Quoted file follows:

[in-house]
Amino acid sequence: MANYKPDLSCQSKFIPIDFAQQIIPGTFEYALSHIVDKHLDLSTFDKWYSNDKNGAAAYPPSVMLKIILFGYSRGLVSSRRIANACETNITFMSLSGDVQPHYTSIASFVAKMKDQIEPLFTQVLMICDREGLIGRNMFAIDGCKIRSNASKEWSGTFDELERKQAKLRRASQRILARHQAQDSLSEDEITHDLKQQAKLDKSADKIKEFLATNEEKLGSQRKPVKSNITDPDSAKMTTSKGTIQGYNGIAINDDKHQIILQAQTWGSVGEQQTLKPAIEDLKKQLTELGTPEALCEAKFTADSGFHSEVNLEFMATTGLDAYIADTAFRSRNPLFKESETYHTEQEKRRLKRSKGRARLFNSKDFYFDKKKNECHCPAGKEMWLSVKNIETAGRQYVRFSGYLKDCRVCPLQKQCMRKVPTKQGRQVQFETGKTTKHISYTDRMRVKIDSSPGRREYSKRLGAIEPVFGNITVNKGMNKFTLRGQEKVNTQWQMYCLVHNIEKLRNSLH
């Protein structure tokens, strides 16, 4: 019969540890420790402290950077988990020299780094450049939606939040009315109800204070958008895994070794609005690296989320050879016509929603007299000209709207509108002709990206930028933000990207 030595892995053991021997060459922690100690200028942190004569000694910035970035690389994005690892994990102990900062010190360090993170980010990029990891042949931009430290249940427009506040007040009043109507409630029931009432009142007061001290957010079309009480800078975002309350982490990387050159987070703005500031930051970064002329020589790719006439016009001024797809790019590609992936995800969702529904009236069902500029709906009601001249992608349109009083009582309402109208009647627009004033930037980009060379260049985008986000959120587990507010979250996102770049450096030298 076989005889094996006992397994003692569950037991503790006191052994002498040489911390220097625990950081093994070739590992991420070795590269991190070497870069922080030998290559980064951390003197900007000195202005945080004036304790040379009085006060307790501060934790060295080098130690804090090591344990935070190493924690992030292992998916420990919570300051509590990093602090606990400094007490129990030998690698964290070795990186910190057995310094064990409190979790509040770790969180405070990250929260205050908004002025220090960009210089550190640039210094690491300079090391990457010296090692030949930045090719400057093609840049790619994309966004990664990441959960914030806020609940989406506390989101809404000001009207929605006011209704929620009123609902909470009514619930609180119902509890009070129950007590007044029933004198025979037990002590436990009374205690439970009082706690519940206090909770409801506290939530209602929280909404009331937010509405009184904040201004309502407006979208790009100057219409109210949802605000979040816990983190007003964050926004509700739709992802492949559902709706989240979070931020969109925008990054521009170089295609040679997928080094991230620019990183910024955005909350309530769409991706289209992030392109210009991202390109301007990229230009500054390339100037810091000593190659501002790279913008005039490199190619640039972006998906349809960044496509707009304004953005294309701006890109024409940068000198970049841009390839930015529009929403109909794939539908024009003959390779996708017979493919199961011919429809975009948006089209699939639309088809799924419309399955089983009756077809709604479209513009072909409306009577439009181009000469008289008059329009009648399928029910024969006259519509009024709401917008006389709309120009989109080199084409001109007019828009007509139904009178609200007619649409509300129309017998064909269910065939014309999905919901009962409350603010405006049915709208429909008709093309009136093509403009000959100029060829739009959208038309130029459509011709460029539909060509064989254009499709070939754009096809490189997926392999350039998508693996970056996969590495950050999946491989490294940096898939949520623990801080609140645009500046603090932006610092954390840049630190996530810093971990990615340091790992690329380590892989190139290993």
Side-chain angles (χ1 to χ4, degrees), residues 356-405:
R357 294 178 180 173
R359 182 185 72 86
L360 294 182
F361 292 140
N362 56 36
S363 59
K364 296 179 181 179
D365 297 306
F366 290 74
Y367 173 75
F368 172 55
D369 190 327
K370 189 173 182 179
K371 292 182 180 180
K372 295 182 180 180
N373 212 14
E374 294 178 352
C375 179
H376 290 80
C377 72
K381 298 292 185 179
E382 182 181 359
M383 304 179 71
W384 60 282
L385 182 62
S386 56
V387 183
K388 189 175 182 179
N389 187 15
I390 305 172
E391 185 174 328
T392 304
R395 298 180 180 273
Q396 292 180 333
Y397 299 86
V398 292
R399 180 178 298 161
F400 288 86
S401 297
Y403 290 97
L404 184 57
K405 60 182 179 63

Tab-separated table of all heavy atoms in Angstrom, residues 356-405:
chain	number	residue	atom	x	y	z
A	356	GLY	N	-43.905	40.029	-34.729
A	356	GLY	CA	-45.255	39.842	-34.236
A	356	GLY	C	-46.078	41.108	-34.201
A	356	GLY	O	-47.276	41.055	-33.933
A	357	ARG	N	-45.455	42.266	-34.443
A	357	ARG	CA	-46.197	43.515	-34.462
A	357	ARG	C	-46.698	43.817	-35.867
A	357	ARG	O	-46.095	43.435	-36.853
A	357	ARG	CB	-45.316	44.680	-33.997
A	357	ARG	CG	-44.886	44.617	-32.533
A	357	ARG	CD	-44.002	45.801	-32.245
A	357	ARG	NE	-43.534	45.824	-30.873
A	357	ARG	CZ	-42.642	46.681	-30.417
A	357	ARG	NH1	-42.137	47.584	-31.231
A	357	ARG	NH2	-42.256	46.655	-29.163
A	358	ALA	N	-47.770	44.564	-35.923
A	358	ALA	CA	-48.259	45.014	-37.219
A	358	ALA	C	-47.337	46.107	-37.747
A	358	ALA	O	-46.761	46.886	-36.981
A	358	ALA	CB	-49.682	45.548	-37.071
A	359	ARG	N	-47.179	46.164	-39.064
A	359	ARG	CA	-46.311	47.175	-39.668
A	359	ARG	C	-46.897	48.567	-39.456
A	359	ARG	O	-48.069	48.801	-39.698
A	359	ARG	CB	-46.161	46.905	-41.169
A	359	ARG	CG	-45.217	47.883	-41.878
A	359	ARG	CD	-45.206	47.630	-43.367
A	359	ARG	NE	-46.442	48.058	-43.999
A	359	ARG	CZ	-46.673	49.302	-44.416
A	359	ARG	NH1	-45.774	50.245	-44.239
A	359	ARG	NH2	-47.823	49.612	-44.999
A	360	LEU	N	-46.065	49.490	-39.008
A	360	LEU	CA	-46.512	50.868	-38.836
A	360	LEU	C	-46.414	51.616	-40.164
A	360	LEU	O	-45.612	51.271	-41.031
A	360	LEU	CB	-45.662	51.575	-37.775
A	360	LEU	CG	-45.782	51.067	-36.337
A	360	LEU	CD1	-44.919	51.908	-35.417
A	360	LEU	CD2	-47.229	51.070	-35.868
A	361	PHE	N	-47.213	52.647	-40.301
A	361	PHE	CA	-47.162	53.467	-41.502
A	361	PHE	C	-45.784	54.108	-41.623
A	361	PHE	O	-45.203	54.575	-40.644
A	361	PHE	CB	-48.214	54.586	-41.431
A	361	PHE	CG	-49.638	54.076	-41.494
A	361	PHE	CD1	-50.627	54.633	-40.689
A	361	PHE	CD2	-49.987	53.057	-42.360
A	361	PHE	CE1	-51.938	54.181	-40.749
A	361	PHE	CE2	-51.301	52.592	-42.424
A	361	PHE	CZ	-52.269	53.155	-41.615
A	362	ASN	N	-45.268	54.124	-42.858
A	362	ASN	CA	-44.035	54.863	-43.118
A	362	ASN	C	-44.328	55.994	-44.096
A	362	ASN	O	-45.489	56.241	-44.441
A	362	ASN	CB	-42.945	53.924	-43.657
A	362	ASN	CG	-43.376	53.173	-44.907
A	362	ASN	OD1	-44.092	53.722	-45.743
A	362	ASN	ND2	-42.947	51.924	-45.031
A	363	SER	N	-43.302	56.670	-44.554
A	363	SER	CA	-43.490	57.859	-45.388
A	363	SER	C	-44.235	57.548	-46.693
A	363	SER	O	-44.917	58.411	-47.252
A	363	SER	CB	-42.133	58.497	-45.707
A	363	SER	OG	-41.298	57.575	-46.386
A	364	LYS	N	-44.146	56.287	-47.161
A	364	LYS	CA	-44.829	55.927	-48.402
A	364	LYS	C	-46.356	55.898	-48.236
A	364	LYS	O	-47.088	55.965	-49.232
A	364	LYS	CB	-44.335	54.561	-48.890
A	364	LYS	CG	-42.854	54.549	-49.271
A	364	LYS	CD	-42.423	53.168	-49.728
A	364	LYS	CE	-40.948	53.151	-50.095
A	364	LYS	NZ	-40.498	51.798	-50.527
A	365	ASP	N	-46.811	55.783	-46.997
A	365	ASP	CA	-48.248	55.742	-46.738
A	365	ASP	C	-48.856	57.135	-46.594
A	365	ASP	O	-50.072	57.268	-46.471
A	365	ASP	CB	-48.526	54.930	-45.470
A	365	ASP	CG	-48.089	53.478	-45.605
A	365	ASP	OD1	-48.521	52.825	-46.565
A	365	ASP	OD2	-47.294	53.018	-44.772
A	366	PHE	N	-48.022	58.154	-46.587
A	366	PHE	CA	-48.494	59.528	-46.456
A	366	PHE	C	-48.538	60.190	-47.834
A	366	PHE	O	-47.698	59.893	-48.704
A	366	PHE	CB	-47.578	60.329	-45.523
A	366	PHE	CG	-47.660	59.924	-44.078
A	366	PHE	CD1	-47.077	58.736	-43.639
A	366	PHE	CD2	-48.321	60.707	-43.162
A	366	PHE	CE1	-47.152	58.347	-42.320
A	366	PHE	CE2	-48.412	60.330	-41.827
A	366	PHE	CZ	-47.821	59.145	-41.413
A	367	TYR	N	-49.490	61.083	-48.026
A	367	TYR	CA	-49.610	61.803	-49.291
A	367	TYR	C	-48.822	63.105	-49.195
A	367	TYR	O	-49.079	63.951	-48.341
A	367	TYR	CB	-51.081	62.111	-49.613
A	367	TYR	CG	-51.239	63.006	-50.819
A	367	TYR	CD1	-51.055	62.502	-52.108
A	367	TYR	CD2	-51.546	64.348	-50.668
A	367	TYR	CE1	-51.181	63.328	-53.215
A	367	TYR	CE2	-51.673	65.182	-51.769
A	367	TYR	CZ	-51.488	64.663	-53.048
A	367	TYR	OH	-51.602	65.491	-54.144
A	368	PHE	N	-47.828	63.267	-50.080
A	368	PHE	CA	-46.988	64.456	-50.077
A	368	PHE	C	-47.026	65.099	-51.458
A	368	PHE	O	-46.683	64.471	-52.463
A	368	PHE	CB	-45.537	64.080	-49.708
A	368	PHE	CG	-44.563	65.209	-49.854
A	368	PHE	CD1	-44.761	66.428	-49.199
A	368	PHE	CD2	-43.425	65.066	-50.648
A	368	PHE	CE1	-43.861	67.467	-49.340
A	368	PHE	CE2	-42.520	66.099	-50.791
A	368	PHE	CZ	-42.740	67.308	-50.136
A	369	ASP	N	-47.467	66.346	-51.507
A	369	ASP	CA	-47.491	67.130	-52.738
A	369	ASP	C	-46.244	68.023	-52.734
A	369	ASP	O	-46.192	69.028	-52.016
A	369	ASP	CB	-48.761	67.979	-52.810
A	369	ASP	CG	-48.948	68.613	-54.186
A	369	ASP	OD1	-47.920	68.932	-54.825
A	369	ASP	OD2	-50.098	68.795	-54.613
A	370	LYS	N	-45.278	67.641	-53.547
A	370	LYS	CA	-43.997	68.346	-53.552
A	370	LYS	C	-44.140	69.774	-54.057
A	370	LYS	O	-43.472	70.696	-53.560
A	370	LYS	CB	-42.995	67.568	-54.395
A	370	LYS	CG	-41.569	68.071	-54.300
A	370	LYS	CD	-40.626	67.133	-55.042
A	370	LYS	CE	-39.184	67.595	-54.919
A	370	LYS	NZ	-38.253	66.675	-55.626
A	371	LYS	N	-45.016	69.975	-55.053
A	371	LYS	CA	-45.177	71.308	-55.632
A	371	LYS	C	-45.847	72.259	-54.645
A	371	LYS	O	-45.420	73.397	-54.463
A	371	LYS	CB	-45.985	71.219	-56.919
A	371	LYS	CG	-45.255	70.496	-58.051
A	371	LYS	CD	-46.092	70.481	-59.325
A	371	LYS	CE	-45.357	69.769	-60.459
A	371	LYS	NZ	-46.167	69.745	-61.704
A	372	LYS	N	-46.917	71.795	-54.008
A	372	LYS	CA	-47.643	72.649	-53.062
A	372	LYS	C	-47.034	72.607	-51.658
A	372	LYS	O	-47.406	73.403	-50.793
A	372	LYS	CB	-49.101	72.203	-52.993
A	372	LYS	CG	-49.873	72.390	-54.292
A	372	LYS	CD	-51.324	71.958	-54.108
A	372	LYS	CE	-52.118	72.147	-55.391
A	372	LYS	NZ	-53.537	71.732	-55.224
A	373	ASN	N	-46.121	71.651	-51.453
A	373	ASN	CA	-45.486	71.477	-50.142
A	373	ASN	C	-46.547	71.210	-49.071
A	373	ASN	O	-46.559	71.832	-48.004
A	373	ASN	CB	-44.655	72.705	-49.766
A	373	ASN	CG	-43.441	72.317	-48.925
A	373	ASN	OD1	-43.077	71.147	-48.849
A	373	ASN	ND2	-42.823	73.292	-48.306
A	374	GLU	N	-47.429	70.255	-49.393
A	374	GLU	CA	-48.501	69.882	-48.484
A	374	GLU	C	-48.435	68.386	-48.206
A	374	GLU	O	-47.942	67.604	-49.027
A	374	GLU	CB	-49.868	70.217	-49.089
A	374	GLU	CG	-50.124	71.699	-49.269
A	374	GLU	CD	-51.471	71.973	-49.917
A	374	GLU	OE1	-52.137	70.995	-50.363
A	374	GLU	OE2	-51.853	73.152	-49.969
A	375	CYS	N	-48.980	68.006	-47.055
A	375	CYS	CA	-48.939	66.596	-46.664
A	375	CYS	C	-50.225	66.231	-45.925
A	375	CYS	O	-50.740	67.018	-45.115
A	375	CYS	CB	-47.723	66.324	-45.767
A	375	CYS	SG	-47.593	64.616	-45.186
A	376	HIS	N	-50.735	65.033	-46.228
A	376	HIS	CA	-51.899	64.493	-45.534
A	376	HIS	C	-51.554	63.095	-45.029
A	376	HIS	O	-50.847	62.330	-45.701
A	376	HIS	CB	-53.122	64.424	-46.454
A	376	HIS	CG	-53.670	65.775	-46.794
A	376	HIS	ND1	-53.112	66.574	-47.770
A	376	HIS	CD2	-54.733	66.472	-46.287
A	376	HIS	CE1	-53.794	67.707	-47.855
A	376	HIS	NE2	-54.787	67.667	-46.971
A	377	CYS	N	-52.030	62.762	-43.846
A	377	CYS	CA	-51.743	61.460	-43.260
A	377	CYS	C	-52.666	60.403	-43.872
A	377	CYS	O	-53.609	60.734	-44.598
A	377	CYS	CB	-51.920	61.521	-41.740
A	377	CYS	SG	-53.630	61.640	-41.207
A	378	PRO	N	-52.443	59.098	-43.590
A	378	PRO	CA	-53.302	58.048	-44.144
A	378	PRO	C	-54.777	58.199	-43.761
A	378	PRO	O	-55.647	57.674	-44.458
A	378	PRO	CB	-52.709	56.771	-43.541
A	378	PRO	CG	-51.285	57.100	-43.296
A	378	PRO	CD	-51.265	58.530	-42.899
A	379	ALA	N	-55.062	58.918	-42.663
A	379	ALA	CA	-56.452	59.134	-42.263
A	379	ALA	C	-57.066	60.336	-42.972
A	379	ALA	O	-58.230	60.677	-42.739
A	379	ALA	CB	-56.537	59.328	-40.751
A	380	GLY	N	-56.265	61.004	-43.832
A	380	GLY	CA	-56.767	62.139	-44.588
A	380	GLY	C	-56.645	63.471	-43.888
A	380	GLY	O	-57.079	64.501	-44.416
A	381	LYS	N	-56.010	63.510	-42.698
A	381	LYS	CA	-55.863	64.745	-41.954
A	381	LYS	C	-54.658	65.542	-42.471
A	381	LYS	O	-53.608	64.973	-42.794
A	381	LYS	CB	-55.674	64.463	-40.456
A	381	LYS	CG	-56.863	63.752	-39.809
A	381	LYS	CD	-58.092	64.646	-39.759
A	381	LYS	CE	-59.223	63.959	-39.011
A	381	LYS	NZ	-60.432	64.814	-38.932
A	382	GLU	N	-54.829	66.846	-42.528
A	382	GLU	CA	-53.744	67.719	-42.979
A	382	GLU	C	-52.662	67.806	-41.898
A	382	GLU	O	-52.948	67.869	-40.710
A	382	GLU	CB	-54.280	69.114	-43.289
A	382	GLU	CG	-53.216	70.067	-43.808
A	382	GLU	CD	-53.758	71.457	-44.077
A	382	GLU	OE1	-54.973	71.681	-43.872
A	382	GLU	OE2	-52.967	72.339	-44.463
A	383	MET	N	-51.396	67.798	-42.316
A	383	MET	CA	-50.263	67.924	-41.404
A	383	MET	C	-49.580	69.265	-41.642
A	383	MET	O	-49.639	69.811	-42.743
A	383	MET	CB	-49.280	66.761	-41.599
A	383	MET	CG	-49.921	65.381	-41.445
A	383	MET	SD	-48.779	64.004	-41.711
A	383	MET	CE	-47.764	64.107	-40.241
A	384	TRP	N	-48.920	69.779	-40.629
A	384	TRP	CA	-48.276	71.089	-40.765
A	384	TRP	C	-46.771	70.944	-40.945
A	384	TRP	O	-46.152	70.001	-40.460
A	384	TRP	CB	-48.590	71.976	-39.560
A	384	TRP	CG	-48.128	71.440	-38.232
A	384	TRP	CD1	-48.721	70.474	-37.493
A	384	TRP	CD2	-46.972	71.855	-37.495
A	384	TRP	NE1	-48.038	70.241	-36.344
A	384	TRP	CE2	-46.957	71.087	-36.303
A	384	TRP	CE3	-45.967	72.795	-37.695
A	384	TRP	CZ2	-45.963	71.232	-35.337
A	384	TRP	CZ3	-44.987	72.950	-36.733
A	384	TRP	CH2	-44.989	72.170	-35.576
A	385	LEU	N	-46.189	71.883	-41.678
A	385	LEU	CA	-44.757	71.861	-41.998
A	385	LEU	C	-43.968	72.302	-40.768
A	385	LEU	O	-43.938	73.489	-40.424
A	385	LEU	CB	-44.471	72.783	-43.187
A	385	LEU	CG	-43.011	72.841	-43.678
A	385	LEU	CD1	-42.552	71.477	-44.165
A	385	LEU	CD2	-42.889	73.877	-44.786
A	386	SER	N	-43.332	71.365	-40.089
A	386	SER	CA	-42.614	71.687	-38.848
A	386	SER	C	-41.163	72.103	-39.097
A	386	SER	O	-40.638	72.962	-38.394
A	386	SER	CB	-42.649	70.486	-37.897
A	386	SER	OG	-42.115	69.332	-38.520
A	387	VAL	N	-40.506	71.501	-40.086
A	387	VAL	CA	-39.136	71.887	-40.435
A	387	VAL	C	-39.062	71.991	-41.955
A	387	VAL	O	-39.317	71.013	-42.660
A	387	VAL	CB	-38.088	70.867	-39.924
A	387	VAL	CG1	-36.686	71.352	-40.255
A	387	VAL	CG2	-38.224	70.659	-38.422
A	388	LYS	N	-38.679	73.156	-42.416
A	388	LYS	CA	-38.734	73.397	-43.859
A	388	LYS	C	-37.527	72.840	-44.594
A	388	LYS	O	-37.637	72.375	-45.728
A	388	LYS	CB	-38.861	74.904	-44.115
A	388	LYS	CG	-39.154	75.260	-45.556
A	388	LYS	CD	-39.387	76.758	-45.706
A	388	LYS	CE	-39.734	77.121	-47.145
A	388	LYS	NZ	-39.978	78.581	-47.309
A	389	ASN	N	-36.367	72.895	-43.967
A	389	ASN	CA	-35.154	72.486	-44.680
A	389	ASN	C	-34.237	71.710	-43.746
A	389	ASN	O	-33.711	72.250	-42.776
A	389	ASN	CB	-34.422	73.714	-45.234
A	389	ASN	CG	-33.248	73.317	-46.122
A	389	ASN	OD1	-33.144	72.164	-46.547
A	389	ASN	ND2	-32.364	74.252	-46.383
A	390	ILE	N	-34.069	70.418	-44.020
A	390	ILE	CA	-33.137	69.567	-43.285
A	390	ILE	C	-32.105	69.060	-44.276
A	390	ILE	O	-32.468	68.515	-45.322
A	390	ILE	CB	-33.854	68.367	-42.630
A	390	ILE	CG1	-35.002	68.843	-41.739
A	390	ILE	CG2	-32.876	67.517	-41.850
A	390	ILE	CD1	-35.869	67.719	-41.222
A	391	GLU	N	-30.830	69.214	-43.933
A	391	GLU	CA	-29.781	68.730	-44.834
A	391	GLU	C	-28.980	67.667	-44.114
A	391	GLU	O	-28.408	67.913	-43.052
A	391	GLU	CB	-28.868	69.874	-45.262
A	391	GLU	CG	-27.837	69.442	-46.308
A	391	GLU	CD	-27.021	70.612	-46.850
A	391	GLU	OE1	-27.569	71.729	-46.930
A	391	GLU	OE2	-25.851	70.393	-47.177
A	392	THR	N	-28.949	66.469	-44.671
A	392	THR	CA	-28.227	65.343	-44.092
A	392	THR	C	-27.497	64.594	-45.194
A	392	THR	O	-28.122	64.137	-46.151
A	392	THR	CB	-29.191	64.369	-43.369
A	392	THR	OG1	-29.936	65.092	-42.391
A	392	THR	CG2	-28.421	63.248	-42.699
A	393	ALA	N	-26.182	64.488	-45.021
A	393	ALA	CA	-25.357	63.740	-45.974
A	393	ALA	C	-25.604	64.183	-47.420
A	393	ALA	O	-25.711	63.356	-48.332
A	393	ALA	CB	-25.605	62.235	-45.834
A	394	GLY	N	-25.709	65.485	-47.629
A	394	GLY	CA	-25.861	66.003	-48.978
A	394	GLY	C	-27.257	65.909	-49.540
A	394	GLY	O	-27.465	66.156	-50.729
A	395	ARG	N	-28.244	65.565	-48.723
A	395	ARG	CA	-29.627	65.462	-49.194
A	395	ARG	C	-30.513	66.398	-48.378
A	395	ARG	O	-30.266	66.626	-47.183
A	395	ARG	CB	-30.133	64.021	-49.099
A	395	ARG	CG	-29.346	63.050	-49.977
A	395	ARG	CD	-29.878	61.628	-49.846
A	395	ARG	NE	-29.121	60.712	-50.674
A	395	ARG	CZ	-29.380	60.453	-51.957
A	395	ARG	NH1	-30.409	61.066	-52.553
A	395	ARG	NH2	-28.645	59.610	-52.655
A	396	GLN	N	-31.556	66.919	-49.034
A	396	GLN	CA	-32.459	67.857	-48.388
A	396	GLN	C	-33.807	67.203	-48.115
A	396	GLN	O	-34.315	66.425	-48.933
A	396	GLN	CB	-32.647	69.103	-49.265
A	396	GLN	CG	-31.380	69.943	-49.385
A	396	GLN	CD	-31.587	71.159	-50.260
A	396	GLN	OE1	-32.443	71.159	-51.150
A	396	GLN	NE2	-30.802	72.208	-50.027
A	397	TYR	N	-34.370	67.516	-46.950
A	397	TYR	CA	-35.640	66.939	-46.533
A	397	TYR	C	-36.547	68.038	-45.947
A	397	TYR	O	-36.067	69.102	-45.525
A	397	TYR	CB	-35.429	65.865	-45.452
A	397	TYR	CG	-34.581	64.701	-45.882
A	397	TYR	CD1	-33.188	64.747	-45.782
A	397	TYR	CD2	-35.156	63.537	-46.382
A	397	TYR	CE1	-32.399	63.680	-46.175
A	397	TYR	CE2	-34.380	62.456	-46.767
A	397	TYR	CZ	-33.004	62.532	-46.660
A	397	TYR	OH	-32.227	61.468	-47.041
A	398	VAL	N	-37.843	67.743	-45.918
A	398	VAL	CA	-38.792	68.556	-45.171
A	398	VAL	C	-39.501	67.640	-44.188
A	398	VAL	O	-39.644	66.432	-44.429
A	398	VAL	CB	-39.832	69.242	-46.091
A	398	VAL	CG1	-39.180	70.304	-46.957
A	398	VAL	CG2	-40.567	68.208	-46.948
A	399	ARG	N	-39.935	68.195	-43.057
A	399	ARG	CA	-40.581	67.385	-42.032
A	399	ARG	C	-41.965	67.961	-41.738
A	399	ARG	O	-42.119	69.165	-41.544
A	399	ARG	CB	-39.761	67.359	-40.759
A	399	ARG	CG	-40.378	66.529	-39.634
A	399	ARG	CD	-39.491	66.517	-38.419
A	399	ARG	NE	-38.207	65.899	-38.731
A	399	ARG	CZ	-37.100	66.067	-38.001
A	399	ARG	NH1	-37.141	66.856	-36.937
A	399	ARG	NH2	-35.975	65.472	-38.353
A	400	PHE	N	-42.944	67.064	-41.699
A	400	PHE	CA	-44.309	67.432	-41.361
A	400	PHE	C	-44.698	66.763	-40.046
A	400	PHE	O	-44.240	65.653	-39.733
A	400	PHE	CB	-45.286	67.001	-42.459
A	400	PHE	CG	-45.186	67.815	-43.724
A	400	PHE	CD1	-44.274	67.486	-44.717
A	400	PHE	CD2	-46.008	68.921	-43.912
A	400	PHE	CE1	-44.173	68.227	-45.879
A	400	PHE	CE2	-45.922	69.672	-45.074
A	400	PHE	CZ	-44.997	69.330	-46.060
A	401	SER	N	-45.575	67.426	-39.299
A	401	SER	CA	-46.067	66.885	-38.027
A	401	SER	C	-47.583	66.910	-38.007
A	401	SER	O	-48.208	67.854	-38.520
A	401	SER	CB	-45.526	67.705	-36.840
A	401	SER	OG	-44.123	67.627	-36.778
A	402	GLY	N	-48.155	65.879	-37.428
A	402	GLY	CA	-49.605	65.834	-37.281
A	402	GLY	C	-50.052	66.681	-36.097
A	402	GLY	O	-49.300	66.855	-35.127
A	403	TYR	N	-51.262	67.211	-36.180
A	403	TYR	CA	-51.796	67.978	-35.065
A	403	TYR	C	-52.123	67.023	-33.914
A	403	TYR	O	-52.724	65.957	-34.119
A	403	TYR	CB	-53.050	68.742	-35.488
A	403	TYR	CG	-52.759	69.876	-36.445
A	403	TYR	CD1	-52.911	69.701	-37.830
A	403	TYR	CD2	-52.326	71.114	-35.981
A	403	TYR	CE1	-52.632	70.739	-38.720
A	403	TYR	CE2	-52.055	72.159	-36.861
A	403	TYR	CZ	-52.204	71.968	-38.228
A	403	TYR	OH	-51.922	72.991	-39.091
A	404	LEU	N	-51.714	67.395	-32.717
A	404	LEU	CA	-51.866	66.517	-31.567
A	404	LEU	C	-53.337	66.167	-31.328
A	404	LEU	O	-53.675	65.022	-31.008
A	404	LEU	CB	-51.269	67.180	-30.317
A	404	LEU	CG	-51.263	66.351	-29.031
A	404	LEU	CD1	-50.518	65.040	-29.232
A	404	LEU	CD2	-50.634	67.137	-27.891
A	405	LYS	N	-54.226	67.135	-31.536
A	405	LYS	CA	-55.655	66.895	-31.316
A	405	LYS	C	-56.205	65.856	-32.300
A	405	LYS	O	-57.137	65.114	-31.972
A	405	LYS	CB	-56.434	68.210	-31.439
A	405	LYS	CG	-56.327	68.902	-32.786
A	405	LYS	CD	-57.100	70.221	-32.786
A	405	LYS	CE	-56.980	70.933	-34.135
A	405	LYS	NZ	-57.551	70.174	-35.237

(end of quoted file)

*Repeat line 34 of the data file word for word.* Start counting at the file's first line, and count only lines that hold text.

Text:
I390 305 172